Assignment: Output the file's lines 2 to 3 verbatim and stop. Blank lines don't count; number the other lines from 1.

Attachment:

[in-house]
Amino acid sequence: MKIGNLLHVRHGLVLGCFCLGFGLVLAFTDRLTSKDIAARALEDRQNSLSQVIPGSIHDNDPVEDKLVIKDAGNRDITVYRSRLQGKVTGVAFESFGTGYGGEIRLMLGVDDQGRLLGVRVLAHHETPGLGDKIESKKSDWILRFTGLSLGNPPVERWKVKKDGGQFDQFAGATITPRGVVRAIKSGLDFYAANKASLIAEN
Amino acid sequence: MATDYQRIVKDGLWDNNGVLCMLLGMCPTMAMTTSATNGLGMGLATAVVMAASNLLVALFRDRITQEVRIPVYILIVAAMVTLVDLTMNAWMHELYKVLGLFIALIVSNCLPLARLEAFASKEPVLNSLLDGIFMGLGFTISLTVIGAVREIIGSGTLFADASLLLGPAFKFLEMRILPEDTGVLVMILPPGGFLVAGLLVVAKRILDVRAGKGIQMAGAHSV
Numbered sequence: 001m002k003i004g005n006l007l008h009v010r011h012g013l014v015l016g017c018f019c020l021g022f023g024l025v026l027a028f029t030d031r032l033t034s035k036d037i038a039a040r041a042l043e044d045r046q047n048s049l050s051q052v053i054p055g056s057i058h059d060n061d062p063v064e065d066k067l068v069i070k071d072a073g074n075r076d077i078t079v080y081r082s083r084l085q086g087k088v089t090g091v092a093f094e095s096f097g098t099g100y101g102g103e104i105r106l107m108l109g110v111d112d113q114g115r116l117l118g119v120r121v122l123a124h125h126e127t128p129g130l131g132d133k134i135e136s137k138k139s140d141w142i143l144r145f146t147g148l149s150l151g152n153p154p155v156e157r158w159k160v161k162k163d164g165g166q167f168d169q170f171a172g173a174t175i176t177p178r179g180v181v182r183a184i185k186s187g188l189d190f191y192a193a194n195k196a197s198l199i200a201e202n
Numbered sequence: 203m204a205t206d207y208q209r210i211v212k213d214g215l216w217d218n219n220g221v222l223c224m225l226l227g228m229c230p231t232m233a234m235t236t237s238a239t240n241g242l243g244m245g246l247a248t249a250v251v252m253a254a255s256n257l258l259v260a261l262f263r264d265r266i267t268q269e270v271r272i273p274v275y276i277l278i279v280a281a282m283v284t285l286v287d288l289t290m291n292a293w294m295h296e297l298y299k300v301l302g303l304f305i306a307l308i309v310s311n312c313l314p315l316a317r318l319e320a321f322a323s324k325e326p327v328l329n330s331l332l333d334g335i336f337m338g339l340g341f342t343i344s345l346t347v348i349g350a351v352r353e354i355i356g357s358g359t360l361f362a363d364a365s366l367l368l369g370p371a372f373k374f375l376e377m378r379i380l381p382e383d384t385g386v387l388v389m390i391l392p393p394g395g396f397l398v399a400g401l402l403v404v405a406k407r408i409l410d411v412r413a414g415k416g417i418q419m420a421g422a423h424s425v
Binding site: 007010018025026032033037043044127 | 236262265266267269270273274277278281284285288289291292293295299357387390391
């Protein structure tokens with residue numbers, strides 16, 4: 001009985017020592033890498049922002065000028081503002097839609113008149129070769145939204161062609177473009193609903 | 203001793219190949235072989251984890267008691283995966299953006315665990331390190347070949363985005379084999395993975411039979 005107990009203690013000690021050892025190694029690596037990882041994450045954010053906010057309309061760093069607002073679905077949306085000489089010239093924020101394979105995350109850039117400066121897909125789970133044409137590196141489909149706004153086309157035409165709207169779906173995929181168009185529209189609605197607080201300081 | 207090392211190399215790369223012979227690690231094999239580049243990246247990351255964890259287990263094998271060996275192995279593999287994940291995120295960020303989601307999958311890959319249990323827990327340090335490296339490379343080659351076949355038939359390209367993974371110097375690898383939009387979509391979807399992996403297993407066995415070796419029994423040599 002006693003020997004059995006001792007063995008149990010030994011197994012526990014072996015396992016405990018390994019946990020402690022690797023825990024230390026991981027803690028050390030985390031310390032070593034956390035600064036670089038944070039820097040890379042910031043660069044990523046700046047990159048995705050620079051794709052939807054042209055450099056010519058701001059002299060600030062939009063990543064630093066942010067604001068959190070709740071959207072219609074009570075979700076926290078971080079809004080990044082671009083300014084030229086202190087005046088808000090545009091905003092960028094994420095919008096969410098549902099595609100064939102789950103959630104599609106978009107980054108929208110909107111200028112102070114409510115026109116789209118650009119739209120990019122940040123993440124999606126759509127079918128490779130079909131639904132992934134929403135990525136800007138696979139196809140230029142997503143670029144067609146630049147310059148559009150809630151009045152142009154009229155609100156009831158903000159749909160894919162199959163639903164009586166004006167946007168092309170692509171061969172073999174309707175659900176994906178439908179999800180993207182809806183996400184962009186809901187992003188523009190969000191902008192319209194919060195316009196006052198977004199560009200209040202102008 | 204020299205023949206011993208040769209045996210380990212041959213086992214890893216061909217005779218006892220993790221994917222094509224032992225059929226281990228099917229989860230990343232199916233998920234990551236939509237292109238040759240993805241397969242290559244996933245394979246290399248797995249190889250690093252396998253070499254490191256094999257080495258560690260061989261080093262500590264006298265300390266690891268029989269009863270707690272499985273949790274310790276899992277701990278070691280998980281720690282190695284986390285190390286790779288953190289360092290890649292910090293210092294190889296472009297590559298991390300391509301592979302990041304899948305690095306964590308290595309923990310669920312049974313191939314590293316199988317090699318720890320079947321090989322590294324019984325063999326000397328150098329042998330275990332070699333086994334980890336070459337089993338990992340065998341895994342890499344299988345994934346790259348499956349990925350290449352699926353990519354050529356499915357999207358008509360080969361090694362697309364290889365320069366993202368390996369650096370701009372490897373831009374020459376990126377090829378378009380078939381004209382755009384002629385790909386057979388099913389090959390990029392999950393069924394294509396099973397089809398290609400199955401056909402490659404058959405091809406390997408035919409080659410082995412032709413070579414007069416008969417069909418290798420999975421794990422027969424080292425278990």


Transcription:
Amino acid sequence: MKIGNLLHVRHGLVLGCFCLGFGLVLAFTDRLTSKDIAARALEDRQNSLSQVIPGSIHDNDPVEDKLVIKDAGNRDITVYRSRLQGKVTGVAFESFGTGYGGEIRLMLGVDDQGRLLGVRVLAHHETPGLGDKIESKKSDWILRFTGLSLGNPPVERWKVKKDGGQFDQFAGATITPRGVVRAIKSGLDFYAANKASLIAEN
Amino acid sequence: MATDYQRIVKDGLWDNNGVLCMLLGMCPTMAMTTSATNGLGMGLATAVVMAASNLLVALFRDRITQEVRIPVYILIVAAMVTLVDLTMNAWMHELYKVLGLFIALIVSNCLPLARLEAFASKEPVLNSLLDGIFMGLGFTISLTVIGAVREIIGSGTLFADASLLLGPAFKFLEMRILPEDTGVLVMILPPGGFLVAGLLVVAKRILDVRAGKGIQMAGAHSV